In a paper published in today’s Medical Journal of Australia, Deakin University Law School lecturer Dr Neera Bhatia and Deputy Director of the Intensive Care Unit at Royal Children’s Hospital Associate Professor James Tibballs write that the word ‘irreversible’ in the law that defines death is a stumbling block to opening up the potential number of hearts available for transplant.
The law defines death in all Australian jurisdictions as either “irreversible cessation of all functions of the brain” (brain death) or as “irreversible cessation of circulation of blood in the body” (circulatory death), but it does not define irreversible or how to determine irreversibility, the authors explained.
“Although the procurement of organs such as livers, kidneys and lungs is permitted after either brain death or circulatory death according to Acts in all jurisdictions, the procurement of hearts has traditionally only been from brain dead donors with functioning hearts,” they wrote.
According to Dr Bhatia and Professor Tibballs, the problem with heart transplantation after circulatory death lies in the medical interpretation of the definition of death, which is not necessarily defined by cessation of circulation, unless it is likely to result in brain death.
“The fact that a transplanted heart can function and sustain life in a recipient must mean that the circulation of the donor is never ceased irreversibly and therefore that the donor of the heart is never dead until his or her heart is removed,” the authors wrote.
“The question is thus posed—how is it possible to procure the heart of a donor under the premise of circulatory death and yet expect it to sustain life in a recipient? Put differently, should the procurement of the heart be a criminal offence in such cases, because its procurement is the cause of death of the donor?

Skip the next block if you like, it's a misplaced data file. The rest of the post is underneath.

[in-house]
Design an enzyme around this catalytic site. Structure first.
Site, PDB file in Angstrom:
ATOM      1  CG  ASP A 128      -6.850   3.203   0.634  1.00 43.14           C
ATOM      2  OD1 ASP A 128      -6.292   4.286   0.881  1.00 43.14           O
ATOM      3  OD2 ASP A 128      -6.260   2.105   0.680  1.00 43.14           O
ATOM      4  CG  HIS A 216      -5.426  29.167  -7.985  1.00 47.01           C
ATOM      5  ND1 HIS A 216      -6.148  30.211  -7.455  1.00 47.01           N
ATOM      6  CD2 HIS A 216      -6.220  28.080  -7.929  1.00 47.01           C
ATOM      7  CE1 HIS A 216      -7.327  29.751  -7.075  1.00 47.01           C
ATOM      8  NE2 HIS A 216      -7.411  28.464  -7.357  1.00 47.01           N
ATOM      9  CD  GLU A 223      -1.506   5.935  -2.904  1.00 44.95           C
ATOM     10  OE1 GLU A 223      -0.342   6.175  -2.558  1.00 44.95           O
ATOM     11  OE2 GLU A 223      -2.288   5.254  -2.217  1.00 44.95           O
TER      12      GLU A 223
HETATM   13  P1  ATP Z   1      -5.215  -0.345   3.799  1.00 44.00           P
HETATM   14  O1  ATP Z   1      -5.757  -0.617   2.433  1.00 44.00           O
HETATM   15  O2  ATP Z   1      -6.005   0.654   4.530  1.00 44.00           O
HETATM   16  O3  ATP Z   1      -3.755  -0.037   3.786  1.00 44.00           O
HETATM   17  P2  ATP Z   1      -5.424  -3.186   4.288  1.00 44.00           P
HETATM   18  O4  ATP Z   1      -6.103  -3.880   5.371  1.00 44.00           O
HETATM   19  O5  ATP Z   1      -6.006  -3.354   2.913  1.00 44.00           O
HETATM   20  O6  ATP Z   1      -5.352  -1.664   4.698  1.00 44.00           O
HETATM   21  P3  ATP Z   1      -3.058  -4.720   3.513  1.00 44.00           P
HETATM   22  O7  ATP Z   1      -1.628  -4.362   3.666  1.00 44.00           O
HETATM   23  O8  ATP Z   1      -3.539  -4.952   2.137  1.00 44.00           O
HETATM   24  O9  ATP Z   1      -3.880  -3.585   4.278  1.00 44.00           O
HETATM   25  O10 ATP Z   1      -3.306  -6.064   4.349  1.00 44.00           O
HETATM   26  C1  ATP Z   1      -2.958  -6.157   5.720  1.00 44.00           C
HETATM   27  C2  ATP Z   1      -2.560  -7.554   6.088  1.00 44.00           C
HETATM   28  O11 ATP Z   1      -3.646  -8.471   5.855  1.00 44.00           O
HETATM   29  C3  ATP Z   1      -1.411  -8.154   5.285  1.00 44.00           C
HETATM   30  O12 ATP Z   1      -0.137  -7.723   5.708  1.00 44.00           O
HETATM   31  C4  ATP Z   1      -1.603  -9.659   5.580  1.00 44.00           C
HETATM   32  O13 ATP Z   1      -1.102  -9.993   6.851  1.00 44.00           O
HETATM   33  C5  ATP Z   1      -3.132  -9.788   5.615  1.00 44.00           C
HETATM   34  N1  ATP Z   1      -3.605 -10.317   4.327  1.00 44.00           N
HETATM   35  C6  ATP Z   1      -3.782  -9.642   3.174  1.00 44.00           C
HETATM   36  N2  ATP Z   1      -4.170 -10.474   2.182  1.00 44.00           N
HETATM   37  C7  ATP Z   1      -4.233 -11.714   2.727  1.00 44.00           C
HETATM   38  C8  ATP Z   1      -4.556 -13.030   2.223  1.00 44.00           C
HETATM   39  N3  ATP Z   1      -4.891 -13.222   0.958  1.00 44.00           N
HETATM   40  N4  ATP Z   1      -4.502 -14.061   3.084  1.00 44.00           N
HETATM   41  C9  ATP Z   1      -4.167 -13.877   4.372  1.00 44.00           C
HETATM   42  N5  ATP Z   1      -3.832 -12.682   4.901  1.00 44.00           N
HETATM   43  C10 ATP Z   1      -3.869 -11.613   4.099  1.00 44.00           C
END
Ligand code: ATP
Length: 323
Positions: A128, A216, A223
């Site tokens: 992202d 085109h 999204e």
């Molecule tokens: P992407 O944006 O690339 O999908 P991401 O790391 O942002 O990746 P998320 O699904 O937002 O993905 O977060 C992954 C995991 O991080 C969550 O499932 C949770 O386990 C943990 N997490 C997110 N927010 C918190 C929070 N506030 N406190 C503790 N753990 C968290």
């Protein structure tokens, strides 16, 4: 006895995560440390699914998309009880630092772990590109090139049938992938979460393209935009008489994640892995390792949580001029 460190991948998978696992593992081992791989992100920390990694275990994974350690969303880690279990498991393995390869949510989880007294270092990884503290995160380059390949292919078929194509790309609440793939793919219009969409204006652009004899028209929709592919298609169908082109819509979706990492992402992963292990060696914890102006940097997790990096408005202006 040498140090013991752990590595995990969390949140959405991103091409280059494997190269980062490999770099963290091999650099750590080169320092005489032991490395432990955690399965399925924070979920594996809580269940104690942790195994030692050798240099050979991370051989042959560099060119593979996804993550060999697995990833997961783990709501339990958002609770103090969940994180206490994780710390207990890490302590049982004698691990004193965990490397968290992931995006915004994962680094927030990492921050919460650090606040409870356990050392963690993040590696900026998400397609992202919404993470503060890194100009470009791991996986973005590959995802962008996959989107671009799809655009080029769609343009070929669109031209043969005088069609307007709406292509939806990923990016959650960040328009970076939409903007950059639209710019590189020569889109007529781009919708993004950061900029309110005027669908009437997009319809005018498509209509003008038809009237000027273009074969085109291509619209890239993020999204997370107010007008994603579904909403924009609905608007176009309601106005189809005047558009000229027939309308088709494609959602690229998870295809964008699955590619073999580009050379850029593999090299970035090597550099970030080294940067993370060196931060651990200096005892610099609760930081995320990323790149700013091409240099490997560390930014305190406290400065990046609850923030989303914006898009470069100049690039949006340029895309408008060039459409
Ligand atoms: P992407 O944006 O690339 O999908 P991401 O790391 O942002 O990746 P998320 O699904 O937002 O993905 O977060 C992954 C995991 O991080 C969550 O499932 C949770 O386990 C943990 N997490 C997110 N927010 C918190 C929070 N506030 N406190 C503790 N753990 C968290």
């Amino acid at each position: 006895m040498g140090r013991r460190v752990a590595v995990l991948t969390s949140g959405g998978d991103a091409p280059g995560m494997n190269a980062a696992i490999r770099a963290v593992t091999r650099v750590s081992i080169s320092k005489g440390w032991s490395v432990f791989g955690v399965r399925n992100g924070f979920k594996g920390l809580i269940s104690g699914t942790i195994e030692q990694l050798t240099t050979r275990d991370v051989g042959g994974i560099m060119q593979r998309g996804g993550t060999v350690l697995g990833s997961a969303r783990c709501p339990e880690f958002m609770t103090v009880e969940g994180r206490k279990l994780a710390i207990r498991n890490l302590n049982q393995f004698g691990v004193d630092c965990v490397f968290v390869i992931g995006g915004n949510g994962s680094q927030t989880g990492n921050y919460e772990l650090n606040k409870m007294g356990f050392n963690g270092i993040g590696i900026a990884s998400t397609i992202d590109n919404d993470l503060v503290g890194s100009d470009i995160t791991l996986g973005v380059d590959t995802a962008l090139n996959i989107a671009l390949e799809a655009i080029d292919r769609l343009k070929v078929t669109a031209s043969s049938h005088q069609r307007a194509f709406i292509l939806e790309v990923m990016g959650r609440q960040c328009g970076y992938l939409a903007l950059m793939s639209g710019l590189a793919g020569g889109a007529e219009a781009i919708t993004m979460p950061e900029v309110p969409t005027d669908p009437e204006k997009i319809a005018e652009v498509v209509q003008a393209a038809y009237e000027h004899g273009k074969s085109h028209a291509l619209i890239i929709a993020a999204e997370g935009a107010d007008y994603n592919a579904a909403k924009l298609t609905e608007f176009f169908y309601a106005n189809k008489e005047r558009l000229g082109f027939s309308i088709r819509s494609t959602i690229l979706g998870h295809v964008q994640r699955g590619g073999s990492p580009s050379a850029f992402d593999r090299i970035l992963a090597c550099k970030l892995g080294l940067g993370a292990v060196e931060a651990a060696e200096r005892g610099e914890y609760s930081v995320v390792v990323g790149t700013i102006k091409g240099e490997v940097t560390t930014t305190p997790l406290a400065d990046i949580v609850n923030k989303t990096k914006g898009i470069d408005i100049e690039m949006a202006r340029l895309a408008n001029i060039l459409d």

“This potential problem of heart procurement being the cause of the donor’s death arises because death has been mistakenly defined in the legal sense as cessation of the circulation, without any reference to brain function.”
Dr Bhatia and Professor Tibballs suggest that refining the legislation could alleviate the ambiguity in the definition of death.
“A possible alternative would be to retain the present definition of brain death as irreversible cessation of all function of the brain, but to omit the requirement for irreversibility in the definition of circulatory death and to redefine it as cessation of circulatory function with cessation of higher brain function. Under this proposition for the redefinition of circulatory death for the purpose of transplantation, procurement of a heart for the purpose of its transplantation could proceed without legal risk and without risk of retained consciousness of the donor,” they wrote.
“Alternatively, the dead donor rule, which would arguably be violated in heart transplantation after circulatory death, needs societal, legal and medical debate followed by revision or abandonment.
“Australia’s improving organ donor program is at risk of adverse publicity and damage if doctors, hospitals and our organ procurement agencies are perceived as procuring organs from patients not legally dead.”
The paper, Transplantation of the heart after circulatory death of the donor: time for a change in law?, can be viewed at https://www.mja.com.au/journal/2015/203/6/transplantation-heart-after-circulatory-death-donor-time-change-law
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